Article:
Wikipedia Debate Redux

AHP’s most commented-upon entry to date has been the February 1 post on the addition of significant amounts of material on the medieval Muslim scientist al-Haytham (Al Hazen) to the Wikipedia entry on the history of psychology [link fixed]. Some of the most interesting parts of that debate had to do with the development of Wikipedia as a resource. Although once anathema to many academics, Wikipedia’s sheer pervasiveness (and its surprisingly high, if still not perfect, level of accuracy) have led some to call for a change in tactics — using our scholarly skills to improve it rather than shunning it and forbidding our student from using it.

Now Inside Higher Ed has published a commentary by Mark A. Wilson (Coll. of Wooster, Geology) in which academics are called upon to “embrace” Wikipedia.

I propose that all academics with research specialties, no matter how arcane (and nothing is too obscure for Wikipedia), enroll as identifiable editors of Wikipedia. We then watch over a few wikipages of our choosing, adding to them when appropriate, stepping in to resolve disputes when we know something useful. We can add new articles on topics which should be covered, and argue that others should be removed or combined. This is not to displace anonymous editors, many of whom possess vast amounts of valuable information and innovative ideas, but to add our authority and hard-won knowledge to this growing universal library.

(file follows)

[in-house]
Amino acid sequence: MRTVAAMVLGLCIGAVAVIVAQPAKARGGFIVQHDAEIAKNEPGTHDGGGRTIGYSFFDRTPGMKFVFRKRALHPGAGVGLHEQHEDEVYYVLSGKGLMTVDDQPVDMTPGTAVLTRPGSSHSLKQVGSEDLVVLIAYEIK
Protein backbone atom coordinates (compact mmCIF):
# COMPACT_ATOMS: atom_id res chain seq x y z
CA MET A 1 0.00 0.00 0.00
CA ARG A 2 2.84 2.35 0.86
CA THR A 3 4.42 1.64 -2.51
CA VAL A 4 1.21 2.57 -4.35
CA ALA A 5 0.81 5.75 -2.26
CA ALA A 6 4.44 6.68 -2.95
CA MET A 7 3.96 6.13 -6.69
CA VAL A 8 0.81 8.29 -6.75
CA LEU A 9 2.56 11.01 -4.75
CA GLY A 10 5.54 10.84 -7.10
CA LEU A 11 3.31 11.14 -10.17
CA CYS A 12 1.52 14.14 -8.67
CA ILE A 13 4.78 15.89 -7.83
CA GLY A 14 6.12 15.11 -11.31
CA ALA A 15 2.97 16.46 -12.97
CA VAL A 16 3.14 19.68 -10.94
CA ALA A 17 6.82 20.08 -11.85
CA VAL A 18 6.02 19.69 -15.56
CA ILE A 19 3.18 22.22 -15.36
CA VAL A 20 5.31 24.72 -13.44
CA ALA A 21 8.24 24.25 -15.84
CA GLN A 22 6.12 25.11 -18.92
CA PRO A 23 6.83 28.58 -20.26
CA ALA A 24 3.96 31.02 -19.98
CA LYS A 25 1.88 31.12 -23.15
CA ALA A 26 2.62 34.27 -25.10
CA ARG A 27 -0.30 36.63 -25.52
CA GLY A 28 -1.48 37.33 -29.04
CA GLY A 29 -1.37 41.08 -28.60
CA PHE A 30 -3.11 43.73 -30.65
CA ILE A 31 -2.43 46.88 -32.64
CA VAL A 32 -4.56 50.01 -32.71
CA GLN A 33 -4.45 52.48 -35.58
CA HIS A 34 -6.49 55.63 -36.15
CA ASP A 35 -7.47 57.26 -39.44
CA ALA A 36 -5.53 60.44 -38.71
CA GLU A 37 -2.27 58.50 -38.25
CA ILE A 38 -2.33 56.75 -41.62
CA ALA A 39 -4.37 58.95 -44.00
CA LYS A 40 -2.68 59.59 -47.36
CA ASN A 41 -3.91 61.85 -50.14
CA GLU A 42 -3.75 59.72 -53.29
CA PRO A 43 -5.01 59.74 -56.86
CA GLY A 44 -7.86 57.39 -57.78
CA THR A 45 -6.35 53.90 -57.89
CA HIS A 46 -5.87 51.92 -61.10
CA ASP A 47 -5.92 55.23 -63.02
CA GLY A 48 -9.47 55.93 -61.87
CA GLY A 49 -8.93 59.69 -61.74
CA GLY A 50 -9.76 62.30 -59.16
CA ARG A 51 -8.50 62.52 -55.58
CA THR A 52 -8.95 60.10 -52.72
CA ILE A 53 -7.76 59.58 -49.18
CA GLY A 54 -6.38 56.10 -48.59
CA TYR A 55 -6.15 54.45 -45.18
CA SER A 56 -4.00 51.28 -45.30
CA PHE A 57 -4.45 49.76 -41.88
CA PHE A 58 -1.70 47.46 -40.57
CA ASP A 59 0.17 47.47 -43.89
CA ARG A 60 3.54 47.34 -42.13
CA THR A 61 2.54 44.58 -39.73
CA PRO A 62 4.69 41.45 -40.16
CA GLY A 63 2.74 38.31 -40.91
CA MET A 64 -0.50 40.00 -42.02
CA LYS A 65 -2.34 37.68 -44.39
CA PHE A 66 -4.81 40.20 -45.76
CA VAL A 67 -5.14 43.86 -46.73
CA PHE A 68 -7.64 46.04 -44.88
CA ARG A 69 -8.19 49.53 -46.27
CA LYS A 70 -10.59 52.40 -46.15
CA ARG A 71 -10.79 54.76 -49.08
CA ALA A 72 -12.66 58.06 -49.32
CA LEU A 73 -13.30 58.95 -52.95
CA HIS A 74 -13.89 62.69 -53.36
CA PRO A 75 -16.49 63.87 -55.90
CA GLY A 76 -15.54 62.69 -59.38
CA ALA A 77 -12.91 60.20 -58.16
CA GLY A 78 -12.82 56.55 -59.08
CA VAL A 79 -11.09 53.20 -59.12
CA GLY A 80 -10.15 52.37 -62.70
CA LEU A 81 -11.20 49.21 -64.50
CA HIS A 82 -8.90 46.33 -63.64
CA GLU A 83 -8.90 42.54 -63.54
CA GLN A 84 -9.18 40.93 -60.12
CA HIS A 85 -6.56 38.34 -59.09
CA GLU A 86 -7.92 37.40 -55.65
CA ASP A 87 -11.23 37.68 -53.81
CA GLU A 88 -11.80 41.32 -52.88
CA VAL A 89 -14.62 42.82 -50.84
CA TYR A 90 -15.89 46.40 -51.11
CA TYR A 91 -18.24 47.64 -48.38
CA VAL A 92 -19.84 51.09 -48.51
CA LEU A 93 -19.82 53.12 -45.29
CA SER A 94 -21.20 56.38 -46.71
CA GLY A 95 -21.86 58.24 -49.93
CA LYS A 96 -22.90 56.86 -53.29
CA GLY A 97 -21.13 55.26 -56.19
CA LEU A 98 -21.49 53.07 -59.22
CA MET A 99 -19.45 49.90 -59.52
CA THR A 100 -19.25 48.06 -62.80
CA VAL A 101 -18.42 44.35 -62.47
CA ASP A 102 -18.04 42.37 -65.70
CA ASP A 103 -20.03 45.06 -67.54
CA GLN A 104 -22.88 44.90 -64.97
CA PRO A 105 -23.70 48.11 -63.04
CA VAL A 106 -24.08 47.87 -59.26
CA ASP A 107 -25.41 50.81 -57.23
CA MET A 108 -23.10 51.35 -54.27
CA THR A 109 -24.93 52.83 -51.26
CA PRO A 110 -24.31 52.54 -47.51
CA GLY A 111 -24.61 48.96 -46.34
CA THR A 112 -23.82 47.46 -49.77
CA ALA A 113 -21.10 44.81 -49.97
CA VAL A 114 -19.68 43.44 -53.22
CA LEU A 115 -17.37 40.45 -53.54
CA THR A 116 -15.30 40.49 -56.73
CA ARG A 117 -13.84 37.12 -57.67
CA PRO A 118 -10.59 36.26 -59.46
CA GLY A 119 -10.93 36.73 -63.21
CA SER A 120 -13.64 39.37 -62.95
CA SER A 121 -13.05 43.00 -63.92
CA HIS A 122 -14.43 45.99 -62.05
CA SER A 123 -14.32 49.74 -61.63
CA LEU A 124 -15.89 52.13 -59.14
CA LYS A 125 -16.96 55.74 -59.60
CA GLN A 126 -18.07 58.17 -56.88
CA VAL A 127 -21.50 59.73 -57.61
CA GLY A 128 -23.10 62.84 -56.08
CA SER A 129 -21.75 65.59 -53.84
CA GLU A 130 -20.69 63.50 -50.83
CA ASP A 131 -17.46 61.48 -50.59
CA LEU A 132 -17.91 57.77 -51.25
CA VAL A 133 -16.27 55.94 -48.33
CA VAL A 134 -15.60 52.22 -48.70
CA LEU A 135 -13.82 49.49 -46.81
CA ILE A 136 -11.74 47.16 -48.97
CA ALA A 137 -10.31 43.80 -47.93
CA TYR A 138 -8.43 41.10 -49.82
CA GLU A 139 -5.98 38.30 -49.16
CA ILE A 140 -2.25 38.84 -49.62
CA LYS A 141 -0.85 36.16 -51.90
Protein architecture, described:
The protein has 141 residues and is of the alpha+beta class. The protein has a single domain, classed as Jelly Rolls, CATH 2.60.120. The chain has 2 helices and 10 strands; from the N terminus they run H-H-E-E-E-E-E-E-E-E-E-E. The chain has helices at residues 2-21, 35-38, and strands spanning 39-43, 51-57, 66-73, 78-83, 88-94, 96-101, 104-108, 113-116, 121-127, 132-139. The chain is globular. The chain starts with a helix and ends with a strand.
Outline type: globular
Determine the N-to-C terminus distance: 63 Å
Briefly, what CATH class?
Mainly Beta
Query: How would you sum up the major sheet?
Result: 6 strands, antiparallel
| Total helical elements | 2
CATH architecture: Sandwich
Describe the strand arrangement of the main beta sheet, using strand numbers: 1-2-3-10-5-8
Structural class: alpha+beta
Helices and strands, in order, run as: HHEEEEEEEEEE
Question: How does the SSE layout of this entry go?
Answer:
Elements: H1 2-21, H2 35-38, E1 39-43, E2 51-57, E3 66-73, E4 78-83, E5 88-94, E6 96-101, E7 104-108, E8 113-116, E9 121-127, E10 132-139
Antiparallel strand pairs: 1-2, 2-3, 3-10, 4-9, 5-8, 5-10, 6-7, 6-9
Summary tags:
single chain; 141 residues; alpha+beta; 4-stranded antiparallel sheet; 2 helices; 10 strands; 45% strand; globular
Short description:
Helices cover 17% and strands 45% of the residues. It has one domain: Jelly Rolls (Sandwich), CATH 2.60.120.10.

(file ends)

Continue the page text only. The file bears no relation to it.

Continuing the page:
At the time of this posting, two commenters on Wilson’s column were “pro” and one “con.”

About Christopher Green

Professor of Psychology at York University (Toronto). Former editor of the Journal of the History of the Behavioral Sciences. Creator of the "Classics in the History of Psychology" website and of the "This Week in the History of Psychology" podcast series.